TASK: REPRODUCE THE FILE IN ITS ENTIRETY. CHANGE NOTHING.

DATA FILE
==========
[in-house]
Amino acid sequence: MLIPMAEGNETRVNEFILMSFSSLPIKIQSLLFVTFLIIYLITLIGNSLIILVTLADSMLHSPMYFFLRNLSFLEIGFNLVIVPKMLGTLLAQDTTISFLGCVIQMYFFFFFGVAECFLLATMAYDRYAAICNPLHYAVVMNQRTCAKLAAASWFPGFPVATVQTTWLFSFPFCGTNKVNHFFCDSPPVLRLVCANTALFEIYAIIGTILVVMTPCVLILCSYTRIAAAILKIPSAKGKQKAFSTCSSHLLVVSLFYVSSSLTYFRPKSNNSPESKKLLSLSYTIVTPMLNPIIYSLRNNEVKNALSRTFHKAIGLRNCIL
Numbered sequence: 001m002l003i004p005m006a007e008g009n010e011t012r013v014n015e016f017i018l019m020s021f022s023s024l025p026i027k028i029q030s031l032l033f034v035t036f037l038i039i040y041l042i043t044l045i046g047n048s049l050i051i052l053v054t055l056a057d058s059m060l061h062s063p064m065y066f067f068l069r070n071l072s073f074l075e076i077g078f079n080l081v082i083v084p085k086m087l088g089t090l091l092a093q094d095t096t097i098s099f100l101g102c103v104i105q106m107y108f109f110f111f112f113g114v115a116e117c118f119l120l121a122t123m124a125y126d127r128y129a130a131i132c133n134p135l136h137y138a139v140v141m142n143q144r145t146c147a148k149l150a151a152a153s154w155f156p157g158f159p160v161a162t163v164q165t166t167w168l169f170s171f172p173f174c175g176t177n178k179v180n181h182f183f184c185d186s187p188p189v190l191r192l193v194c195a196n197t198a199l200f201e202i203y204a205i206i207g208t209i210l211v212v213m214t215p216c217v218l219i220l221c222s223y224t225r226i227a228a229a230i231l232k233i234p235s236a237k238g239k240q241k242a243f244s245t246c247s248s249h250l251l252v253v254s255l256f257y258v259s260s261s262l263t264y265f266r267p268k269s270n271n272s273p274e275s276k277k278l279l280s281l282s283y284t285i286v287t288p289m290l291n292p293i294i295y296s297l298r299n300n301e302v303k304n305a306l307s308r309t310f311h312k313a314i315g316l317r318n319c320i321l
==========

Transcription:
[in-house]
Amino acid sequence: MLIPMAEGNETRVNEFILMSFSSLPIKIQSLLFVTFLIIYLITLIGNSLIILVTLADSMLHSPMYFFLRNLSFLEIGFNLVIVPKMLGTLLAQDTTISFLGCVIQMYFFFFFGVAECFLLATMAYDRYAAICNPLHYAVVMNQRTCAKLAAASWFPGFPVATVQTTWLFSFPFCGTNKVNHFFCDSPPVLRLVCANTALFEIYAIIGTILVVMTPCVLILCSYTRIAAAILKIPSAKGKQKAFSTCSSHLLVVSLFYVSSSLTYFRPKSNNSPESKKLLSLSYTIVTPMLNPIIYSLRNNEVKNALSRTFHKAIGLRNCIL
Numbered sequence: 001m002l003i004p005m006a007e008g009n010e011t012r013v014n015e016f017i018l019m020s021f022s023s024l025p026i027k028i029q030s031l032l033f034v035t036f037l038i039i040y041l042i043t044l045i046g047n048s049l050i051i052l053v054t055l056a057d058s059m060l061h062s063p064m065y066f067f068l069r070n071l072s073f074l075e076i077g078f079n080l081v082i083v084p085k086m087l088g089t090l091l092a093q094d095t096t097i098s099f100l101g102c103v104i105q106m107y108f109f110f111f112f113g114v115a116e117c118f119l120l121a122t123m124a125y126d127r128y129a130a131i132c133n134p135l136h137y138a139v140v141m142n143q144r145t146c147a148k149l150a151a152a153s154w155f156p157g158f159p160v161a162t163v164q165t166t167w168l169f170s171f172p173f174c175g176t177n178k179v180n181h182f183f184c185d186s187p188p189v190l191r192l193v194c195a196n197t198a199l200f201e202i203y204a205i206i207g208t209i210l211v212v213m214t215p216c217v218l219i220l221c222s223y224t225r226i227a228a229a230i231l232k233i234p235s236a237k238g239k240q241k242a243f244s245t246c247s248s249h250l251l252v253v254s255l256f257y258v259s260s261s262l263t264y265f266r267p268k269s270n271n272s273p274e275s276k277k278l279l280s281l282s283y284t285i286v287t288p289m290l291n292p293i294i295y296s297l298r299n300n301e302v303k304n305a306l307s308r309t310f311h312k313a314i315g316l317r318n319c320i321l